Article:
The Ultimate Guide on Recycling Parts of Your Car

Recycling waste is a responsible way to repurpose items that may be considered trash. Plastic, paper, and glass are a few of the most commonly recycled materials. However, did you know that many of your car components can be recycled?

According to the Environmental Protection Agency, about 75% of a typical vehicle is made up of metals, most of which can be recycled. The remaining 25% is made up of tires, fluids, and other materials. Finding a way to reuse these materials to make other useful items can make an impact on the environment. Here are a few examples of car components that can be repurposed and where you can recycle them.

How to Responsibly Dispose of Your Vehicle's Oils

Whether it is motor oil, antifreeze, or even filters, these components can be responsibly recycled. The used oils can be distilled and repurposed to make other engine oils, industrial fuels, or antifreeze at specialized re-refineries.

Recycling oils helps protect the environment by keeping toxic substances out of the water. Some oil change and automotive service centers accept used oil, and even select retailers will accept used motor oil for recycling for a small price.

How to Recycle Your Car's Battery

Most car batteries can be responsibly recycled after years of use. Once batteries reach their end of life, there are still a few elements that can be repurposed. Lead-acid inside batteries is considered toxic and cannot be placed into landfills. Specialized battery recycling plants can separate the plastics from the lead-acid and other materials inside the batteries.

Finding an outlet to recycle car batteries can be difficult, especially if you are replacing your own battery at home. One option is to return used car batteries to either the car dealership or service center. There are also specialized battery retailers that can accept car batteries for recycling.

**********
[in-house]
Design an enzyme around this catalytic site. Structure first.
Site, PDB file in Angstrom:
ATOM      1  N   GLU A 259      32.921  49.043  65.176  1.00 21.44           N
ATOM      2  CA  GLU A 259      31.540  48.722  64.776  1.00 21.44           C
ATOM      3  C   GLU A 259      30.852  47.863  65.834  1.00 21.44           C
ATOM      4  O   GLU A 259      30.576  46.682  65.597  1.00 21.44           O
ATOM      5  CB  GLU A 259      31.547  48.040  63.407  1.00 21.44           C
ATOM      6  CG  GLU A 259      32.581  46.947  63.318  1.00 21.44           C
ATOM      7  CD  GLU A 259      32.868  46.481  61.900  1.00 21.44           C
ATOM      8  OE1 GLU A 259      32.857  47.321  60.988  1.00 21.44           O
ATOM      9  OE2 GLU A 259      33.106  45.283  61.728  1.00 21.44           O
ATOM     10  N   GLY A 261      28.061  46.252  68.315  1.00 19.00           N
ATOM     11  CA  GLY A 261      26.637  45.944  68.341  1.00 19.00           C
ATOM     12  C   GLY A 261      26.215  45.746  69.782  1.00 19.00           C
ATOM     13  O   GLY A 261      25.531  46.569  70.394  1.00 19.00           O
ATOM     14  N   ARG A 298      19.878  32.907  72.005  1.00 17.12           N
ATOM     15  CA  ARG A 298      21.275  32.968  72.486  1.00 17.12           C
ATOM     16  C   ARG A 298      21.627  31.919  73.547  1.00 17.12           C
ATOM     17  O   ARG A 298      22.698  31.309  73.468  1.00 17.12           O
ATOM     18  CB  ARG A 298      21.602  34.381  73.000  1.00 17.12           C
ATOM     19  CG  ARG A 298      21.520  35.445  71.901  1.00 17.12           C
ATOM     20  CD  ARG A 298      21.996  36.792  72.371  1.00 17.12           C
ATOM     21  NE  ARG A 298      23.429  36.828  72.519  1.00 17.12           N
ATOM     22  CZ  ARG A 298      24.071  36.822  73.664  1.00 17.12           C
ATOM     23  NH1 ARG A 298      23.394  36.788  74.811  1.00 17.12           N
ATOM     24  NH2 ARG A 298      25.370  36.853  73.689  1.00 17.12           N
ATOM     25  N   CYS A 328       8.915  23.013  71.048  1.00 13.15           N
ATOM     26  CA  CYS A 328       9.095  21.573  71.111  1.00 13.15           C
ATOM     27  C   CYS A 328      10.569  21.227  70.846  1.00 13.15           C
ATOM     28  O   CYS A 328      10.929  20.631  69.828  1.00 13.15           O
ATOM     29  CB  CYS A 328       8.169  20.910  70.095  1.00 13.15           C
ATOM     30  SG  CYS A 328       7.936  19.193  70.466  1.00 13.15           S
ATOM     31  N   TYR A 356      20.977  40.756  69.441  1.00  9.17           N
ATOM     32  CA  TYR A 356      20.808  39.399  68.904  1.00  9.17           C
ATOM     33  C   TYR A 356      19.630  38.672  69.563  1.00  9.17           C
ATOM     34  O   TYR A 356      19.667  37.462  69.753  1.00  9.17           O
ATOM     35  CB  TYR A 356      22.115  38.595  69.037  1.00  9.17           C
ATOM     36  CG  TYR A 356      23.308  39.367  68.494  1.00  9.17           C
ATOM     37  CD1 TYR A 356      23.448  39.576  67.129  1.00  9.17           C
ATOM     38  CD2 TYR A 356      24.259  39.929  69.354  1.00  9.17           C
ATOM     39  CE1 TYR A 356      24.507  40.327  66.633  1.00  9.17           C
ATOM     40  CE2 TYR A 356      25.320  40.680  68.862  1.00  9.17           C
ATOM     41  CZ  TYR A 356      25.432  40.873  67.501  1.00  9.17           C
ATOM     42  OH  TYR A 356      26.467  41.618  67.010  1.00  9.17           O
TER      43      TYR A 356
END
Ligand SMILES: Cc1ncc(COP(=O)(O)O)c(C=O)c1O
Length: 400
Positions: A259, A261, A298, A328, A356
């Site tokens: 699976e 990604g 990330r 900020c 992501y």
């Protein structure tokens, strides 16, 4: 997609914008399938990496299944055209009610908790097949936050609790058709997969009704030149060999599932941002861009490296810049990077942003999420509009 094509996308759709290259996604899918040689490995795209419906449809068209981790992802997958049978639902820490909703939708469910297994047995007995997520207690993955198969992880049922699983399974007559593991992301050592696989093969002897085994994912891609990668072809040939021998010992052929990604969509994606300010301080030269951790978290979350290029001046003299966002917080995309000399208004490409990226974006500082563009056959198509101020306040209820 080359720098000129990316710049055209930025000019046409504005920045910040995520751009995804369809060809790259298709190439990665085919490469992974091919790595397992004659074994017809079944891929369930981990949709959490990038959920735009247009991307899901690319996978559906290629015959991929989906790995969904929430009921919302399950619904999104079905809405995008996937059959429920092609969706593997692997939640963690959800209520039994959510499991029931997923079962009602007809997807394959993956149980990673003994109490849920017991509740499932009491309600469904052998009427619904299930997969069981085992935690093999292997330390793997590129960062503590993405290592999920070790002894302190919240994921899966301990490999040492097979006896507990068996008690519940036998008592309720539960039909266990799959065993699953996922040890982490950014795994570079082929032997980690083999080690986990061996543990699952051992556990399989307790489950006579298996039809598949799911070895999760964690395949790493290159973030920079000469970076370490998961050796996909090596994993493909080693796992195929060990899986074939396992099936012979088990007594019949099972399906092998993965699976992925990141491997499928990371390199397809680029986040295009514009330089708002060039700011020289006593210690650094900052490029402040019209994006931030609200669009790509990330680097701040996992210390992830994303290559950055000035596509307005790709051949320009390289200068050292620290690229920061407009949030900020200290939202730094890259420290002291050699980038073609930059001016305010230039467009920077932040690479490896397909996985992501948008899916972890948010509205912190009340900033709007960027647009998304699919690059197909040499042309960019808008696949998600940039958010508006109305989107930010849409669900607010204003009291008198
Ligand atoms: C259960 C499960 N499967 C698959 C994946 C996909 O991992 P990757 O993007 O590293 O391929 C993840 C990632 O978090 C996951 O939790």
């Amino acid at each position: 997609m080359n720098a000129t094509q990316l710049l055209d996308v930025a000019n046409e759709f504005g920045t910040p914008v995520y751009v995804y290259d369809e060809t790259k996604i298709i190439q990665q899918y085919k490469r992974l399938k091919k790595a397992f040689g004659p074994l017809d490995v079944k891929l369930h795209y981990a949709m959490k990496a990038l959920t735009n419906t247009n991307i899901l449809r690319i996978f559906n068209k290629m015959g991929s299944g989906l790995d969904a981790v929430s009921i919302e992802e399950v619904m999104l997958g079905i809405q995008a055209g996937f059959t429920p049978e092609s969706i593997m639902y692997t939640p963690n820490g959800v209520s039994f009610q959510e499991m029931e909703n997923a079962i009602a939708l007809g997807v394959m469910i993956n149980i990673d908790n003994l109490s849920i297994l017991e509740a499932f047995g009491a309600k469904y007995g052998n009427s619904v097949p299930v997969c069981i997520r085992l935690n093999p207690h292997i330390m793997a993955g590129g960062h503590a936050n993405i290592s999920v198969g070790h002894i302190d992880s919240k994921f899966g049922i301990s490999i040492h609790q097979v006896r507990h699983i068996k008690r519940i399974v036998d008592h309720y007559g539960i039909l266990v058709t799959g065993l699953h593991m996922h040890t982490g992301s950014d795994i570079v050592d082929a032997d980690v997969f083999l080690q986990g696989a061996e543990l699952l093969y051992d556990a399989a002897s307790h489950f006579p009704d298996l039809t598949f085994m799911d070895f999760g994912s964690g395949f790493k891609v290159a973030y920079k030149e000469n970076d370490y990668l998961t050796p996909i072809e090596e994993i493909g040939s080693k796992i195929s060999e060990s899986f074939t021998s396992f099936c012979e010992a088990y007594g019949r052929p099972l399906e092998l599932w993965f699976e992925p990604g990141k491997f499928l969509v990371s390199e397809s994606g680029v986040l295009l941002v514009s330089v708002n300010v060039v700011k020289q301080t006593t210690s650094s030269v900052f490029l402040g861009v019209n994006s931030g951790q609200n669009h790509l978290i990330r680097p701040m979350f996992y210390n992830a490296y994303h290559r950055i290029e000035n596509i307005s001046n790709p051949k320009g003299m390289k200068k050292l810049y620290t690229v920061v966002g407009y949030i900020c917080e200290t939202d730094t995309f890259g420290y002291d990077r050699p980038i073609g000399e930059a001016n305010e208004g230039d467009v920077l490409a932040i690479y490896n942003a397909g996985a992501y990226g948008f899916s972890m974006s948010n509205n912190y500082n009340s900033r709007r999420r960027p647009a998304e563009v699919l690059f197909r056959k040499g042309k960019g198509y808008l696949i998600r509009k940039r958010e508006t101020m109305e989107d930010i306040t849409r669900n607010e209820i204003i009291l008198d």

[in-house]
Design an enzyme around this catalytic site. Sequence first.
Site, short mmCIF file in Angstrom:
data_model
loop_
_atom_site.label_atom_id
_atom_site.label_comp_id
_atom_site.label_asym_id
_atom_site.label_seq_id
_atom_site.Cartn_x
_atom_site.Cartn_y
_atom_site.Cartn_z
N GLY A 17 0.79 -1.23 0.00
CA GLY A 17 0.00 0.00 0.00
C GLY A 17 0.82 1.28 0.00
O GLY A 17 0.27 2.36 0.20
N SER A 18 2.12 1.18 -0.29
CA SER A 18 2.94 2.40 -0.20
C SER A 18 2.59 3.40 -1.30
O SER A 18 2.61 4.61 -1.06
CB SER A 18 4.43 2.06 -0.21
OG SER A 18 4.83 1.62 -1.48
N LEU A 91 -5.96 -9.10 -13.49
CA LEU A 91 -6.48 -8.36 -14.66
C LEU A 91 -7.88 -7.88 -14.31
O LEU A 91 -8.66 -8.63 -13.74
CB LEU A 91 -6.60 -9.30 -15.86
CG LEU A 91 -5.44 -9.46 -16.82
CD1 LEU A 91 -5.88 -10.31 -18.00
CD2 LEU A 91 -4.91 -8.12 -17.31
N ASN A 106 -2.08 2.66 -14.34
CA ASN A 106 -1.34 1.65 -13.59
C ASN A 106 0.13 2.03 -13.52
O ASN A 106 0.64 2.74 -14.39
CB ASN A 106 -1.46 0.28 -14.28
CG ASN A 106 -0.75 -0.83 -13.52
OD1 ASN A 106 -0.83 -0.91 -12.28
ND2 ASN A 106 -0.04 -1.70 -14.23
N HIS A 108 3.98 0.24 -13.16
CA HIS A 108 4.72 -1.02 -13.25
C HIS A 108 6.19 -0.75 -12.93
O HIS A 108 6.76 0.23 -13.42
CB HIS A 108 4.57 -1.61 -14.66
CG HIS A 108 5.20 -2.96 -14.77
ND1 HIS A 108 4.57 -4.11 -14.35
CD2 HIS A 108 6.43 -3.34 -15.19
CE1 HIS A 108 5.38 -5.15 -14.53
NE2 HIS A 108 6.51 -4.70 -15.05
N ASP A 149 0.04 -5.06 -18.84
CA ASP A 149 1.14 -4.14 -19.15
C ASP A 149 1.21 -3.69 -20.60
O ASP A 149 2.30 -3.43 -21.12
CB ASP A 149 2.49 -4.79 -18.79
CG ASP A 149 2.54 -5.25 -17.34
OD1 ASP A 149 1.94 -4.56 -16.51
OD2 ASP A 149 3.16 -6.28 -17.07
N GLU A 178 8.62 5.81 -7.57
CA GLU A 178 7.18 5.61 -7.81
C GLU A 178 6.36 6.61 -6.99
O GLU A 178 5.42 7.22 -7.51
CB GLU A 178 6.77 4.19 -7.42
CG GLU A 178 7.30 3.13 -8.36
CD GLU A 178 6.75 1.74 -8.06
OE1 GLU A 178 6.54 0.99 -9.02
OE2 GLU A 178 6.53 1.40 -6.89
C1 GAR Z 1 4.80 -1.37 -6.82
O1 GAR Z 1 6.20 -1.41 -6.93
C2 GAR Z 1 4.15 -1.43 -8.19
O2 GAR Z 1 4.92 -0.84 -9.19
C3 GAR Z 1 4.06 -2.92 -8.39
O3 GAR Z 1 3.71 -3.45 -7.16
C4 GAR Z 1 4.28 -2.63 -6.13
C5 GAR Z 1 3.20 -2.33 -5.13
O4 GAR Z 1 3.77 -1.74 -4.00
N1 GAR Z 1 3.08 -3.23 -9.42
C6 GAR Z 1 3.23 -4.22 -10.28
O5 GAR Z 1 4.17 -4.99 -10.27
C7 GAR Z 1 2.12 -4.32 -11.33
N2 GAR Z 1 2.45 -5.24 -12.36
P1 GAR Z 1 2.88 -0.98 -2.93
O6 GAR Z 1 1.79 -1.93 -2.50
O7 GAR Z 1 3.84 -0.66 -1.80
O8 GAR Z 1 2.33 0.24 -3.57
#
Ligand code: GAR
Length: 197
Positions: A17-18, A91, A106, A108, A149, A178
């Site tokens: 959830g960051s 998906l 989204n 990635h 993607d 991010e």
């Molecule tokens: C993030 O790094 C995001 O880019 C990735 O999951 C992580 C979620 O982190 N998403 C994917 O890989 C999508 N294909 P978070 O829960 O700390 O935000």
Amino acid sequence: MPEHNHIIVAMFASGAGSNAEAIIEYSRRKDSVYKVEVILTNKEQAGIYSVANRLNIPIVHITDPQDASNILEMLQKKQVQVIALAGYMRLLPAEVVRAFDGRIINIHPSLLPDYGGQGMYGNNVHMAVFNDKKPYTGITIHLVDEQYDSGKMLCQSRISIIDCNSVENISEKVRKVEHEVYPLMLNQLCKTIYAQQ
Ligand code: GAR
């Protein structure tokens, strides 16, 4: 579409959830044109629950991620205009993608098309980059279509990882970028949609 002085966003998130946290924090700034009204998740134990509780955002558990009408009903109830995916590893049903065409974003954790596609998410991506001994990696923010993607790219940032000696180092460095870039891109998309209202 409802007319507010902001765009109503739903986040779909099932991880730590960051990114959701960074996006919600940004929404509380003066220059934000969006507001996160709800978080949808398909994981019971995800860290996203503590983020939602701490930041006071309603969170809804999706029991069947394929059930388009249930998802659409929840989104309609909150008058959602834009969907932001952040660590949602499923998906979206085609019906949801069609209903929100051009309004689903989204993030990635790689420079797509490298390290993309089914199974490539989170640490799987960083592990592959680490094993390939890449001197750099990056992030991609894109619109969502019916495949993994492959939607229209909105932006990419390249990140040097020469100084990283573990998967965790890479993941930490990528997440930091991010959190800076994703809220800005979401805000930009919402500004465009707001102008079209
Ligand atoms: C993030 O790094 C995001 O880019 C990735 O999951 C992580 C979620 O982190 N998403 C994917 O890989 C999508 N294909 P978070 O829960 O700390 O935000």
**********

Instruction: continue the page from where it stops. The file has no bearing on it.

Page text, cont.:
How to Repurpose or Recycle Your Used Tires

The EPA estimates that over 290 million tires are disposed of annually. Tires are not considered biodegradable and can take hundreds of years to decompose. They're also a major fire hazard, and if burned, they can be extremely harmful to the environment. Burning tires releases toxic gases into the atmosphere, and the residue leftover can pollute groundwater.

Because rubber materials can be used for many purposes, recycled tires can have many different uses. Many artificial mulches used in landscaping are made up of recycled rubber. Also, playgrounds and athletic tracks sometimes use these recycled materials.

In some places, you're legally required to recycle tires. If you live in one of these areas, there are usually designated drop-offs and times, so consult your local government to see if they have a collection available.

However, it is relatively easy to find a place to recycle your tires. Like the other materials listed above, car dealerships and service centers can accept tires, typically for free or a fee when you are getting new ones for your vehicle. If you are just dropping tires off at these places, usually there is a nominal fee to utilize this service. You can also consider listing your used tires online.

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In addition to increasing your awareness of recycling, you should also consider registering for one of’s traffic school or driver's education classes to diversify your car and driving knowledge. These courses allow you to stay up to date with the latest road rules and regulations in your state.

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